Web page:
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Turning Science Into Hot Air

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Turning Science Into Hot Air

Cooke and Kormendi Op-Ed in The Washington Times

With America's eyes fixed on Hurricane Katrina's destructive force, we naturally look for an explanation or a cause. Eyes in times past would have roved upward to the heavens; now they fix themselves firmly on science, eager to hear explanations of a link between global warming and impressive natural disasters. 

There are many out there ready to indulge this notion and use a terrible calamity to further their own political ends. They glibly contend hurricanes are exactly the sort of result we can expect if we keep contributing to global warming and that New Orleans has reaped the fruit of our irresponsibility.

Chief among this new band of augurs is Robert F. Kennedy Jr. who has directly blamed President Bush and Mississippi Gov. Haley Barbour for the destruction caused by Katrina. He is working in tandem with self-proclaimed expert Ross Gelbspan who suggests the link between global warming and the disaster is so clear the hurricane should be re-named "Global Warming."

Both cite Kerry Emanuel of the Massachusetts Institute of Technology, who recently published a paper arguing there is a clear correlation between climate change and hurricanes. As man warms the oceans, the argument says, hurricanes intensify and cause greater damage. The result: More houses and property destroyed and damaged and higher insurance costs.

Yet there is much evidence this is all just hot air. The alarmists notably fail to cite the cyclical nature of hurricane behavior. From the late 1920s to the 1960s there was high hurricane activity. If global warming is to blame for more hurricanes now, what caused the last cycle?

As leading hurricane scientist William Gray argues, North Atlantic surface temperatures vary naturally. They were cool from the 1970s to the 1990s, but warm during the last period of intense hurricane activity from the late '20s to the 1960s. He says, "Instead of seeing a long-term trend up or down, we do see a quasicyclic multidecade regime that alternates between active and quiet phases for major Atlantic hurricanes on the scale of 25-40 years each."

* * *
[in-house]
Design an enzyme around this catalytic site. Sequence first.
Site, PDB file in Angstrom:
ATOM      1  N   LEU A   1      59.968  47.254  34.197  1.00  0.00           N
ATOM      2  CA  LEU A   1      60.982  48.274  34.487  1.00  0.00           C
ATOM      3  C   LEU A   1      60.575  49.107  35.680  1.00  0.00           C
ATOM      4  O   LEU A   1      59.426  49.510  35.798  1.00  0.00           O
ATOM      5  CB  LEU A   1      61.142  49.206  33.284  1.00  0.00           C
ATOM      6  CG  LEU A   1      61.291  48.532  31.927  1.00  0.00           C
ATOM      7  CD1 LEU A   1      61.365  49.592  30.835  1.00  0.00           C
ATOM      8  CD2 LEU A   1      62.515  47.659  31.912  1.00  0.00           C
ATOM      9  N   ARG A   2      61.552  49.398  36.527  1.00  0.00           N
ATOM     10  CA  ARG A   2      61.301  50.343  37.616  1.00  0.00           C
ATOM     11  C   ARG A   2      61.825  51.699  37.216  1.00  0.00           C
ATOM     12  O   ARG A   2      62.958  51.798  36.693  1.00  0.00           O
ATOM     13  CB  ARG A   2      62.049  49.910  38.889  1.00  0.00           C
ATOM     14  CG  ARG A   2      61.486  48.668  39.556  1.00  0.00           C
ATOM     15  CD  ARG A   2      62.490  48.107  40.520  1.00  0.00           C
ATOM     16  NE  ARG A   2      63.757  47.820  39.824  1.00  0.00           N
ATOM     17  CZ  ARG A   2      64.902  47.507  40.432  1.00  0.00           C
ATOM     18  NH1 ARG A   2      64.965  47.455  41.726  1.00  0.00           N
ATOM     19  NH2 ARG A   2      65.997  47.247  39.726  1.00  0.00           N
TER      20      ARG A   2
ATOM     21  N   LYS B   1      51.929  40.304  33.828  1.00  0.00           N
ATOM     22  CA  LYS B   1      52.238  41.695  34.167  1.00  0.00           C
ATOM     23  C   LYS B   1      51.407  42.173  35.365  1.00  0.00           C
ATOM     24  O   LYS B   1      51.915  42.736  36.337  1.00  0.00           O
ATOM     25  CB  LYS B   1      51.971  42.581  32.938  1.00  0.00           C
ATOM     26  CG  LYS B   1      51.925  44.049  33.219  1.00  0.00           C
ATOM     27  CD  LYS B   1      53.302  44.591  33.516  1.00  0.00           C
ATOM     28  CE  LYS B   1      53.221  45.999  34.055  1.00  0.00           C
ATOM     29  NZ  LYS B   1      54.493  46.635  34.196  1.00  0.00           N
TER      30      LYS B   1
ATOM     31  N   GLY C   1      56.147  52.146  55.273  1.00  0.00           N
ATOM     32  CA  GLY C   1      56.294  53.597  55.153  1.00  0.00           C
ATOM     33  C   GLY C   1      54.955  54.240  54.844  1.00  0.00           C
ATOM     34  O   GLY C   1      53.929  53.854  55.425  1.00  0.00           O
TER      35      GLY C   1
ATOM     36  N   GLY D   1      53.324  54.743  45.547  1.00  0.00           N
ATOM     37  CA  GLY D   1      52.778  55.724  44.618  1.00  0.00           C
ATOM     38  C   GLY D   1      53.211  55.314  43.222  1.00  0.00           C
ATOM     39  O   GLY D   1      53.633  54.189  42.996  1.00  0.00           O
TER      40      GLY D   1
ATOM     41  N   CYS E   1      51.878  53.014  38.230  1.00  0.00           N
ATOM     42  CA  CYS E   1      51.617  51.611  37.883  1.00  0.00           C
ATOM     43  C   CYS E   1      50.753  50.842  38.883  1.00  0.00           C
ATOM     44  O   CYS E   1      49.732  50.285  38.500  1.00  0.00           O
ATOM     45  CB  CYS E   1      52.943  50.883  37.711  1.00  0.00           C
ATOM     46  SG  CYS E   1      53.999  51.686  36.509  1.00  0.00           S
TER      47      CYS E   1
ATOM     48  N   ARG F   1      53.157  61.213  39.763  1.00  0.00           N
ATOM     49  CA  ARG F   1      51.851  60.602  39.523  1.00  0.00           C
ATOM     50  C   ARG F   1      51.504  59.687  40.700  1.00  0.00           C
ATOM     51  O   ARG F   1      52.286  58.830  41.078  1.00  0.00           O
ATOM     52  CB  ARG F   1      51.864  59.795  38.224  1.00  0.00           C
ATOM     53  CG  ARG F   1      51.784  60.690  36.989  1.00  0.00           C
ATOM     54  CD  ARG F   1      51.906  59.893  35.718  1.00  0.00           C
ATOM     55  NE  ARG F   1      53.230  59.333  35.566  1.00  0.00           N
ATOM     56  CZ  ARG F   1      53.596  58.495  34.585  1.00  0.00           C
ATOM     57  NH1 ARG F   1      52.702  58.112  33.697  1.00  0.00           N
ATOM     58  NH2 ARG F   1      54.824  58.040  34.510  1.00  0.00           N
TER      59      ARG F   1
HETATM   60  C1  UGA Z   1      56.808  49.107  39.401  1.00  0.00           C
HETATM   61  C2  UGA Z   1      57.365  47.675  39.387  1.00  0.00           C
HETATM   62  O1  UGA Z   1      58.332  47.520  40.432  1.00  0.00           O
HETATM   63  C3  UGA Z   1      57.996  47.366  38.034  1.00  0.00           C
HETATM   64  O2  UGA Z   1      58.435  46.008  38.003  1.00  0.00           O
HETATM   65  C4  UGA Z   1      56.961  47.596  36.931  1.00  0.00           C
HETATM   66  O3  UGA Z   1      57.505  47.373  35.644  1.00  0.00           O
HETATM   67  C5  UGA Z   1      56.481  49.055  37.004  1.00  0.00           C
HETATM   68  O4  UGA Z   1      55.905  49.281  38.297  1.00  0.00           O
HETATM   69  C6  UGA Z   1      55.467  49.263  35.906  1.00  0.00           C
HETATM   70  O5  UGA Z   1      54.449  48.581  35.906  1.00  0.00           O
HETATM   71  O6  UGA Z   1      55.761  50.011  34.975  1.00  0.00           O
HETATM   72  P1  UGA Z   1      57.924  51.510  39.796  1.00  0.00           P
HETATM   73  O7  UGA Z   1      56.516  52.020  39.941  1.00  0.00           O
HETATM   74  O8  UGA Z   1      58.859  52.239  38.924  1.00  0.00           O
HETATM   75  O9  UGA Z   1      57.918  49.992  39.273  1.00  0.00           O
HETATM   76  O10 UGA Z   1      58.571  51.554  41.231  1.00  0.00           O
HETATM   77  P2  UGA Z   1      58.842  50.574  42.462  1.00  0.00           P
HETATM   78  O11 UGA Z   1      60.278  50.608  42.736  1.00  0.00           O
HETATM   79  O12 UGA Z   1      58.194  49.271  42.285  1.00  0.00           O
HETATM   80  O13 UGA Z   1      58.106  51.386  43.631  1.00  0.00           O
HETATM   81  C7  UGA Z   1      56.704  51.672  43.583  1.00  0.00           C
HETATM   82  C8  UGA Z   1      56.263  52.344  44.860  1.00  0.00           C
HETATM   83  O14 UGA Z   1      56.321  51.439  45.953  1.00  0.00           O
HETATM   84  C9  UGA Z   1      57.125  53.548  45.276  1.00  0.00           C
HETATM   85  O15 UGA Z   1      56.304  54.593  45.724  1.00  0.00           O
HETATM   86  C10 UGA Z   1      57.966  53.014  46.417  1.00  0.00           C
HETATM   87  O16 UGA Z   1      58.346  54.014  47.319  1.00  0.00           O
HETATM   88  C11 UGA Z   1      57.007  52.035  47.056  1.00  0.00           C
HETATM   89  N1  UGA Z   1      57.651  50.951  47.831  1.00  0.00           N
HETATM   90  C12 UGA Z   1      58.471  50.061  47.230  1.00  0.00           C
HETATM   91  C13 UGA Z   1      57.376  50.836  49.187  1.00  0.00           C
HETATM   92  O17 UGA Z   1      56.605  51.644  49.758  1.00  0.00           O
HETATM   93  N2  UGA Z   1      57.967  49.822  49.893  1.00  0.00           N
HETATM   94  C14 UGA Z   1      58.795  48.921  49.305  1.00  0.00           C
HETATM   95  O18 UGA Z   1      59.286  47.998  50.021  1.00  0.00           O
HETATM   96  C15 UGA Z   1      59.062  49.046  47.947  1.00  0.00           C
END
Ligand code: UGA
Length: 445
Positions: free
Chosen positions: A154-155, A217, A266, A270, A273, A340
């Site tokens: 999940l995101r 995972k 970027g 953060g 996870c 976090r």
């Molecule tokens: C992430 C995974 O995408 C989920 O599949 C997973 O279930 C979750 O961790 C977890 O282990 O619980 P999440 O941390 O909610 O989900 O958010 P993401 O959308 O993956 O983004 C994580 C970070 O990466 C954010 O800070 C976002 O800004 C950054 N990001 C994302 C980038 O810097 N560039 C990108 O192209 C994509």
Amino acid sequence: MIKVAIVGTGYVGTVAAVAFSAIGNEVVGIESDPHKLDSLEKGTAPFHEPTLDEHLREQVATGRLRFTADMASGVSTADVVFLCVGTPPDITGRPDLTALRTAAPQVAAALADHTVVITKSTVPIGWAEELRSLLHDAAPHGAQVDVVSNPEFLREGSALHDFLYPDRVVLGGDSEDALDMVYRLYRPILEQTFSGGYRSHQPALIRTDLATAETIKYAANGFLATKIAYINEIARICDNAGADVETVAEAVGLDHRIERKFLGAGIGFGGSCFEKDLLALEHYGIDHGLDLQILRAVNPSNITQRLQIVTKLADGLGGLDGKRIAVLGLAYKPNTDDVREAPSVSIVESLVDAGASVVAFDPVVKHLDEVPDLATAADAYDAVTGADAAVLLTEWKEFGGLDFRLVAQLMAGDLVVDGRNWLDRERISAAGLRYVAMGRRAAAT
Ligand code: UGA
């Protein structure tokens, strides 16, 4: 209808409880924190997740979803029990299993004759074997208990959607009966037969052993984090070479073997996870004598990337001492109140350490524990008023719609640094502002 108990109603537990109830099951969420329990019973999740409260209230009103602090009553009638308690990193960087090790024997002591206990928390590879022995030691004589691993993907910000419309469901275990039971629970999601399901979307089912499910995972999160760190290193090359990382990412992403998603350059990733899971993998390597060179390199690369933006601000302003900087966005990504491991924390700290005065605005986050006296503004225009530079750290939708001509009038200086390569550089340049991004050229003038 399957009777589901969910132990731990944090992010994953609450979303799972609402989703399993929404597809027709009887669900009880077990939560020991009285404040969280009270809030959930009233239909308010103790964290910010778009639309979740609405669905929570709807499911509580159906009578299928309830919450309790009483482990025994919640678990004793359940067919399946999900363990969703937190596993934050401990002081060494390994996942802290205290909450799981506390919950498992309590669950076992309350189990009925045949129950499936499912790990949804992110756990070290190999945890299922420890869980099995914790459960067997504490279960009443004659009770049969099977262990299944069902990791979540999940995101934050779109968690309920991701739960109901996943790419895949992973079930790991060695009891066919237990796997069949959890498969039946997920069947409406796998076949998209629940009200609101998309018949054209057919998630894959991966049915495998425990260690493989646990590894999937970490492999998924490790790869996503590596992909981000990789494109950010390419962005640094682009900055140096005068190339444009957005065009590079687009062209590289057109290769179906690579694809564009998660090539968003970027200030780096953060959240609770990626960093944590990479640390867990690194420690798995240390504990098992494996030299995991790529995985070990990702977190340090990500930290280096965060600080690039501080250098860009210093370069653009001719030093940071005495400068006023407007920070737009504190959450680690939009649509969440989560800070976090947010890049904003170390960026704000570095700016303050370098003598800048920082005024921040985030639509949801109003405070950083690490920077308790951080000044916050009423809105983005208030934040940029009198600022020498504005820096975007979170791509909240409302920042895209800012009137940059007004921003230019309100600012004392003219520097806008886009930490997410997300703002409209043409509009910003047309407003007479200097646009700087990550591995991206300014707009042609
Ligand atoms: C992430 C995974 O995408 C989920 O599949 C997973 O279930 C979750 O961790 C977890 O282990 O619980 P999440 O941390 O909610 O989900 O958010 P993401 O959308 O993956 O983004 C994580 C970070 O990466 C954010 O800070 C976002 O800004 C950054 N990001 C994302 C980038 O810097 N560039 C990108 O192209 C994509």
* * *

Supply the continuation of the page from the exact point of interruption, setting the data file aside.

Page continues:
The global warming-hurricane theory is flawed; Mr. Emanuel and others have tracked the buildup of a natural cycle, not discovered a linear trend. It is apparent the intuitive ideas forwarded by the likes of Mr. Emanuel inevitably result from classic "cherry picking" science. Given that patterns in hurricanes seem driven by 20-40 year cycles, to draw solid conclusions from a period that began in the 1970s and neglect prior natural patterns is a bit like staying up from 5 a.m. to 9 a.m. and finding there is a trend the Earth is getting brighter.

Further, global warming alarmists contradict their own scientific case. If, as the models suggest, warming occurs mostly toward the poles, the north-south temperature gradient should narrow. If this is so, the frequency and intensity of hurricanes should diminish. If they believe their own science, the alarmists should argue global warming is reducing hurricanes.

And there is no answer forthcoming why, if global warming is to blame, its results seem to specifically target the Atlantic and ignore the Pacific and Indian oceans.

It is equally misleading to use rising property damage costs to suggest increased hurricane intensity. It is true there is more property destroyed in hurricanes now than 50 years ago. This is not, however, due to hurricanes getting stronger but of more property development being in their paths.

According to Christopher Landsea of the National Oceanic and Atmospheric Administration, "Southeast Florida including metropolitan Miami went 42 years (1950-1992) between strikes by intense hurricanes. During that time, the population increased by more than 600 percent."

Even if hurricane intensity declined, economic damage would rise. In a 1996 paper titled "Downward trends in the frequency of intense Atlantic hurricanes during the past five decades," Mr. Landsea argued a "large portion of [the] immense toll" of high-profile hurricanes "is due to the property development and population increases along the U.S. coastal states."

There is little or no rigorous scientific evidence global warming has contributed anything significant to the recent strong hurricane seasons, yet alarmists -- including some scientists who should know better -- continue making the link.

Even Kerry Emanuel told the British newspaper the Independent he didn't think Katrina could be blamed on global warming. In days past, Katrina would have been called an Act of God. Today some, for the basest political reasons, want to call it an act of man. Our forefathers were nearer the truth.